do you have links to either of those papers online? (siggraph or 2005 paper)
 
:)
 
thanks,
rowan
 
 


From: Wolfgang Engel [mailto:gdalgorithms-list-admin@lists.sourceforge.net] On Behalf Of Wolfgang Engel
Sent: Thursday, 1 December 2005 3:52 AM
To: gdalgorithms-list@lists.sourceforge.net
Subject: RE: [Algorithms] Dynamic Gamma / Tone Mapping

I think good ideas for contrast improvements can be found in Erik Reinhardt's 2005 paper ... just forgot the name, but he also talked on SIGGRAPH this year about it.
You might for example interpolate the luminance of a pixel with the scene luminance or you might store luminance not for RGB per scene, but for each color channel separately.
This should help with contrast. Anyone tried this?
 
- Wolfgang


From: gdalgorithms-list-admin@lists.sourceforge.net on behalf of Peter-Pike Sloan
Sent: Tue 11/29/2005 11:02 PM
To: gdalgorithms-list@lists.sourceforge.net
Subject: RE: [Algorithms] Dynamic Gamma / Tone Mapping

I know that the authors (at least Pete Shirley) were really surprised
how well the "simple" operator worked, and felt the high level take home
from the paper is that the simple operator works quite well (I've just
talked with Pete about this, Erik might have a different opinion...)

-Peter-Pike Sloan

-----Original Message-----
From: gdalgorithms-list-admin@lists.sourceforge.net
[mailto:gdalgorithms-list-admin@lists.sourceforge.net] On Behalf Of
Rowan Wyborn
Sent: Tuesday, November 29, 2005 2:19 PM
To: gdalgorithms-list@lists.sourceforge.net
Subject: RE: [Algorithms] Dynamic Gamma / Tone Mapping

Speaking of contrast and the Rheinhard approach... Has anyone
implemented the contrast preserving "dodge and burn" operator in this
paper? We are just using the basic operator, and its tempting to try to
do the dodge and burn, but I'm not sure if it will make much difference
in practice.

rowan

> -----Original Message-----
> From: Wesley Hunt [mailto:weshunt@fusemail.com]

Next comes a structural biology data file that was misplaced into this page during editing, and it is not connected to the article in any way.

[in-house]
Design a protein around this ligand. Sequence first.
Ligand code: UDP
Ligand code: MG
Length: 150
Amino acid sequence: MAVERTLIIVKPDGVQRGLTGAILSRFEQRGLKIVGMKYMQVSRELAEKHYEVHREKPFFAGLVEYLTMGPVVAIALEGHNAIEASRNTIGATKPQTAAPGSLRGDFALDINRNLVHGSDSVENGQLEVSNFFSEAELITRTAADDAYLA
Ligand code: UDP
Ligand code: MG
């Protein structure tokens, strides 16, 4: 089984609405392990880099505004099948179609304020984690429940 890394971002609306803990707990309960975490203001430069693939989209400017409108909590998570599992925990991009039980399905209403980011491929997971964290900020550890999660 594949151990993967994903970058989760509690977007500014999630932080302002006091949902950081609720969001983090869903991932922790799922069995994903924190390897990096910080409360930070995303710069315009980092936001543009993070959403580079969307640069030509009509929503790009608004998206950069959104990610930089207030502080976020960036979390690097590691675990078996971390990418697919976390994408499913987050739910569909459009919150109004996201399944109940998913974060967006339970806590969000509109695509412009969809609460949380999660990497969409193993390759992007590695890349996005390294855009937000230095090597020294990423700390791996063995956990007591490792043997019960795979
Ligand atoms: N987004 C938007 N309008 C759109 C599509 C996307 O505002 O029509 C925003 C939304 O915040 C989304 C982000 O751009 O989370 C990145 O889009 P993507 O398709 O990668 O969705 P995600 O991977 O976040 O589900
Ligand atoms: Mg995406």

> Sent: Wednesday, 30 November 2005 8:04 AM
> To: gdalgorithms-list@lists.sourceforge.net
> Subject: Re: [Algorithms] Dynamic Gamma / Tone Mapping
>
> I'm not sure exactly what math you are using, but I'm more-or-less
> using the technique that Aras suggests (all GPU-based), and it works
> fine. There's not many calculations you can't do in the ALU with
> ps_2_0+.
>
> As far as the tonemapping curve itself, if the popular Rheinhard
> approach doesn't fit your needs, you can pick whatever you want.
> Rheinhard doesn't do a great job preserving contrast when the scene
> has a fairly low dynamic range, so I've played with ways of tweaking
> it a bit to not flatten out the curve so much when there's not so much

> range to play with. Obviously luminance min/max come into play here to

> determine how much range there is.
>
> If the calculation makes you too ALU-bound (unlikely), put some of it
> in a texture lookup function to shift the load a little.
>
> -Wes
>
> ----- Original Message -----
> From: "Aras Pranckevicius" <nearaz@gmail.com>
> To: <gdalgorithms-list@lists.sourceforge.net>
> Sent: Tuesday, November 29, 2005 2:21 PM
> Subject: Re: [Algorithms] Dynamic Gamma / Tone Mapping
>
>
> >  Although it's possible to probably do this in a 2.0 pixel
> shader.. I
> > think... and output it as three components of a texel in a
> 1x1 texture...
> > the next steps are more difficult to figure out:
>
> Seems to be doable.
>
> >  We have to keep track of a current min/max/average and then animate
> moving
> > from the current values to the new values over time (with a
> smooth in/out
> > curve).  This part simulates the iris adjusting to light. 
> Not exactly
> sure
> > how we'd do that on the GPU.
>
> Maybe similar to the "traditional way" - have two small (1x1)
> textures: one holds previous values, the other holds current values.
> You compute current from the previous one and frame delta-time. Take a

> look at HDRLighting sample in DX SDK or some other places. I'm not
> sure about the exact formulas you're using on the CPU, but it should
> be doable on the GPU as well.
>
> >  After this we have to create a look up texture that remaps
> values in the
> > 0-255 range to new color values in the 0-255 range (r,g &
> b).  We compute
> > this from the min/max/average and then also a coefficient
> that lets us
> bump
> > up the saturation/contrast.  The result is a new gamma
> curve we want the
> > scene to have.  Then process the scene against this in a
> pixel shader (or
> > use hardware gamma if in full screen mode).
>
> Here you can probably skip this intermediate "calculate texture" step.
> In the final scene processing pass, you have values of each pixel
> (coming from the main rendertarget), and currently adapted
> average/min/max values (all coming from the small 1x1 texture). For
> each pixel, just do the math.
>
> > Does tone mapping achieve the same thing with just a single
> luminance
> > value?
>
> Not really. What you're doing is some kind of "auto contrast stretch",

> whereas now-popular Reinhard's tone mapping does not do that. What
> gives better results - well, that depends on a lot of factors ;)
>
> --
> Aras 'NeARAZ' Pranckevicius
> http://nesnausk.org/nearaz | http://nearaz.blogspot.com
>
>
>
>
>
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